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Woofer question: One big versus several small?

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  • fpitas
    replied
    Originally posted by fpitas View Post

    Yes, exactly.. The 8s I used (Peerless 830869) in a quad array have an Fs of 30Hz, and are in a box tuned to 28Hz. They respond smoothly up to the 800Hz crossover, too.
    I'll add (since I can't edit anything !@#$%^&) that they respond smoothly up to the 800Hz crossover.

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  • fpitas
    replied
    Originally posted by billfitzmaurice View Post
    The size of a woofer has no direct relationship with Fs.
    Yes, exactly.. The 8s I used (Peerless 830869) in a quad array have an Fs of 30Hz, and are in a box tuned to 28Hz. They respond smoothly up to the 800Hz crossover, too.

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  • billfitzmaurice
    replied
    The size of a woofer has no direct relationship with Fs.

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  • AEIOU
    replied
    Originally posted by billfitzmaurice View Post
    That's not actually the case. Since sensitivity goes up by 6dB/volt with each doubling of driver count the opposite can be true. But the no free lunch rule applies, the driver cost will usually be higher with multiple drivers, and that's why they don't own the marketplace. As for the lack of large driver 3 ways, that's the result of using 2 way mains with 1 way subs. It's still a 3 way system, contained in more than one box. Since that offers the option to place the low frequency sources and higher frequency sources where each works best, which is almost never within the same footprint, it's by and large a better way to go.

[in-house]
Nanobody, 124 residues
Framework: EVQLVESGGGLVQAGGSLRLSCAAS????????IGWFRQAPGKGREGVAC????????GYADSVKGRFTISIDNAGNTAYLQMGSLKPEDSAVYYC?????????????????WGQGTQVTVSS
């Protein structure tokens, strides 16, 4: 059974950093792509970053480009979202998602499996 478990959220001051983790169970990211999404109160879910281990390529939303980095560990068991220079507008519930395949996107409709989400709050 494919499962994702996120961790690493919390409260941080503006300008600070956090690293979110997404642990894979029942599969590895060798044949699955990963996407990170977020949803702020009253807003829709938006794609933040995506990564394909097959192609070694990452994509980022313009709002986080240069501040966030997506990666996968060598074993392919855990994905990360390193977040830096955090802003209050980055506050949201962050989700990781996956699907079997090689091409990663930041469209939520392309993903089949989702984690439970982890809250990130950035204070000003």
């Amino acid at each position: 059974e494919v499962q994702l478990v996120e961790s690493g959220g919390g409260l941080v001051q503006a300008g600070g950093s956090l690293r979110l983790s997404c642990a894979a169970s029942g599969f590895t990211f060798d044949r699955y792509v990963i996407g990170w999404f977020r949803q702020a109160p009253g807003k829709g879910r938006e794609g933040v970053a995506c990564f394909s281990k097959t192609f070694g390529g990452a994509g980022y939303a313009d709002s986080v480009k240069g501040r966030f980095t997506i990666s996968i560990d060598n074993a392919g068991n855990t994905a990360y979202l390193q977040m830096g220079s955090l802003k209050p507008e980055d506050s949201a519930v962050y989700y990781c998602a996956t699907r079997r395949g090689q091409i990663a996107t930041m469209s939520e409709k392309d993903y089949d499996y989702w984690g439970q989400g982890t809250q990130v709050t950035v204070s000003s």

Yeah, even if four 6.5 inch woofers have the same surface area as a 12 inch woofer, the 12 inch woofer still reproduces half an octave or more of deep bass, since the fs of a 12 inch woofer is obviously lower and the 12 inch woofer was designed to move a lot of air.

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  • kevintomb
    replied
    I do believe that several smaller woofers obviously can equal one or two much larger woofers, just a matter of cone size and xmax.

    But, I also believe that many smaller woofers, usually can not be as cost effective as one good much larger woofer also. Or, something must be compromised beyond just matching the cone sizes, to keep the price equal.

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  • billfitzmaurice
    replied
    Originally posted by Harvylogan View Post
    My brother In-law (I am not a musician) just moved from an electric bass to a stand up and since he plays large venues he has been on a quest for an amp and speaker that doesn't not make his stand up sound electric. My first thought was a very large light cone with high efficiency so cone travel is minimized at relative volume levels